Matt Reeves’s The Batman is instantly notable for not rehashing the familiar beats of Bruce Wayne’s life. The film introduces us to his superhero alter-ego, Batman (Robert Pattinson), some two years into his vigilante work, at a point where the masked crusader has become a boogeyman to low-level hoodlums but not yet a threat to Gotham City’s entrenched organized crime syndicates. Unsure if he’s making any progress on cleaning up the city’s streets, Bruce gets his first test of the latter when his antics attract the attention of a mysterious figure known as the Riddler (Paul Dano), who sets out to dispatch Gotham’s political leaders, starting with Mayor Don Mitchell Jr. (Rupert Penry-Jones).
For a character that’s often been dubbed “the world’s greatest detective,” Batman’s prodigious gumshoe skills have rarely been foregrounded in cinematic adaptations of the classic DC property, but Reeves builds The Batman’s crackerjack momentum around Bruce’s keen deciphering of his nemesis’s riddles and ability to piece together leads. This gives the 176-minute film a refreshingly grounded approach that even Christopher Nolan’s ostensibly realistic trilogy of movies lacked. Here, Batman never stops to aloofly gaze down over Gotham’s grimy, rain-slicked streets because he’s too busy actually working on them.
This intimacy also maintains focus on Pattinson’s performance. As Batman, Pattinson doesn’t veer far from the general rubric that most actors have taken toward portraying this iconic superhero. Humorless and brooding, he speaks as little as possible, moves with a fearsome sense of purpose, and regularly bristles with a muted paranoia of the world around him.
As Bruce Wayne, though, Pattinson is a revelation. Wearing Batman’s cowl, his chiseled jawline screams power, but out of costume, his Bruce looks sallow and frail; even in private, the man is prone to hunching over in self-consciously wounded repose. The gulf between the man and his alter-ego is so vast in Reeves’s film that it’s hard to imagine how the skittish Bruce can be the same man who can incapacitate mob heavies with a single blow and command everyone’s attention upon entering a room. Bruce is a man broken by his parents’ death, but Batman is propelled by that trauma, refusing to ever again feel as helpless as he did that day.
Around Pattinson’s stoic presence, the other actors dial things up to 11. Dano leans into the Riddler’s demonstrative, attention-seeking ways, even suggesting at times the behaviors of YouTube and TikTok personalities, while Colin Farrell does his best stereotypical gangster voice as he chews the scenery into papier-mâché as rising mob lieutenant Penguin. Elsewhere, Zoë Kravitz is all slinky, sultry movement as Selina Kyle, a.k.a. Catwoman, and Jeffrey Wright, as honest cop Jim Gordon, is forever looking over his shoulder before a blade gets stuck in it.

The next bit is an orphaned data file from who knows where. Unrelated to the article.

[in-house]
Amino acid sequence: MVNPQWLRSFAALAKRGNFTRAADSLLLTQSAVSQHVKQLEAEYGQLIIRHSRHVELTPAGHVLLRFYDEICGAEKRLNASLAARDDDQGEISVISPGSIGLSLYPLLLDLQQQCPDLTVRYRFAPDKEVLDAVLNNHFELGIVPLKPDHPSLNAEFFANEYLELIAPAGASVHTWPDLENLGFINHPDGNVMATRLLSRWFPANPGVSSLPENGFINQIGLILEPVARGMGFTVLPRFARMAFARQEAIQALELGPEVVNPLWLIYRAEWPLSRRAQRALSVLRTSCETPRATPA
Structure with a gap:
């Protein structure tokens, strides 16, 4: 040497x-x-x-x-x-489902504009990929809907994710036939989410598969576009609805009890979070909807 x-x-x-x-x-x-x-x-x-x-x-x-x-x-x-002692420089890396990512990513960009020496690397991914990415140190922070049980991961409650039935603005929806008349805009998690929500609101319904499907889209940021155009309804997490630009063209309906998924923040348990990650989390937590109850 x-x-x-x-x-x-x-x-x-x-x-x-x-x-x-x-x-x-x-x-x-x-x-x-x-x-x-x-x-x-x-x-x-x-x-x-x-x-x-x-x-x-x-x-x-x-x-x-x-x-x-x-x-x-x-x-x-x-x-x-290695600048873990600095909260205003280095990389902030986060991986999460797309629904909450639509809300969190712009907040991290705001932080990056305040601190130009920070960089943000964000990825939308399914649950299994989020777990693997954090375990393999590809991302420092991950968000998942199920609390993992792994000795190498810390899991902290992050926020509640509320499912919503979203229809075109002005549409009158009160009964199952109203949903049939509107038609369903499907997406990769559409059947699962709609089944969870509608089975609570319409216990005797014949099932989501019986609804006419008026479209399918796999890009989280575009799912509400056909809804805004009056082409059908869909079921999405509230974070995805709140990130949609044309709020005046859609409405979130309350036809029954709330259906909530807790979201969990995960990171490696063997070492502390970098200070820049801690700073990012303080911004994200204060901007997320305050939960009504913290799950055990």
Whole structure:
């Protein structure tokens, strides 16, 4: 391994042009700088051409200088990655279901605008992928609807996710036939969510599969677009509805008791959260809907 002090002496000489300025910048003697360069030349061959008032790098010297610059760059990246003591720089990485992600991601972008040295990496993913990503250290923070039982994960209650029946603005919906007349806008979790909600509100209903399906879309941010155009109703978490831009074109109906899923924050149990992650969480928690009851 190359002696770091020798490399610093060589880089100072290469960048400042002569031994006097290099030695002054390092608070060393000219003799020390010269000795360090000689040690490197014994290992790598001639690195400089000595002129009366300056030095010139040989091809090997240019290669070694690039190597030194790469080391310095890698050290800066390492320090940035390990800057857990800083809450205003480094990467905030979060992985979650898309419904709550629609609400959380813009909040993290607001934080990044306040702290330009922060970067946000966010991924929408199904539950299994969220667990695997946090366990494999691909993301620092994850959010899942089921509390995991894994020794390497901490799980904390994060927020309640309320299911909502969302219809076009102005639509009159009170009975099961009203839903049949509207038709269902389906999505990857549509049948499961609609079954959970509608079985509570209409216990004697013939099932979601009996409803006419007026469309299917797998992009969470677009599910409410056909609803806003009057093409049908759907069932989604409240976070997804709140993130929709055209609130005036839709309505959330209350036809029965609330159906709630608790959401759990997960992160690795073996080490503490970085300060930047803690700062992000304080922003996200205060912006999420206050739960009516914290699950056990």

This is exactly how a Batman movie should play out, with the hero as a mirthless straight man surrounded on all sides by characters who blur the lines between everyday Gothamites and someone you might find inside the Arkham asylum. It takes a crazy world to spit out a hero like Batman, and it’s been decades since a screen adaptation of this property has embraced the idea that it can take the material seriously while acknowledging its farcical aspects.
This careful balance between the sincere and the goofy is lost in the second half, though, as the film abruptly shifts into a boisterous action spectacle as the Riddler’s initially small-scale havoc blossoms into citywide destruction. This pivot undermines the strengths of Reeves and cinematographer Greig Fraser’s heavy use of soft focus and perspective, which works wonderfully in depicting both Batman’s observational skills and moral myopia but turns something like a car chase between the hero and the Penguin into an incomprehensible mess.
There are also numerous contradictions, not least of which is the clash between criticizing Bruce for using his wealth to promote his heroism—the film even distorts the popular image of his parents being philanthropists with insinuations of misconduct—and ultimately affirming the Waynes as unimpeachably noble. At times it feels like, given Warner Bros.’s repeated attempts to launch a DC version of the Marvel Cinematic Universe, The Batman is trying to be an entire trilogy in one film in case the studio takes Batman in yet another direction.
Still, The Batman’s ambitions are admirable, and no other adaptation of the property has so proudly touted the achievements of the ones that have come before it. Every Batman film to date has drawn from the comics, but usually only one or two key texts, and almost always Frank Miller’s darkly revisionist The Dark Knight Returns. Miller is an influence here, but so is the Gothic style of Norm Breyfogle, the Art Deco stylings of the Tim Burton movies and Batman: The Animated Series, the operatic sweep of the Arkham games, and more.
If any one influence dominates the film, though, it’s Scott Snyder’s 2010s run on the comic. A loose adaptation of the Zero Year storyline that comprises the final act to the heavy intimations that the emphasis on Gotham’s widespread corruption may lead to a future focus on the Court of Owls. The Batman, then, is a unique commemoration of the Batman mythology and its stylistic and tonal shifts across its 80-year history. But more than its respect and affection for that mythos, the film stands apart for thoughtfully suggesting that our hero might actually one day make his city a better place, and not merely a safer one.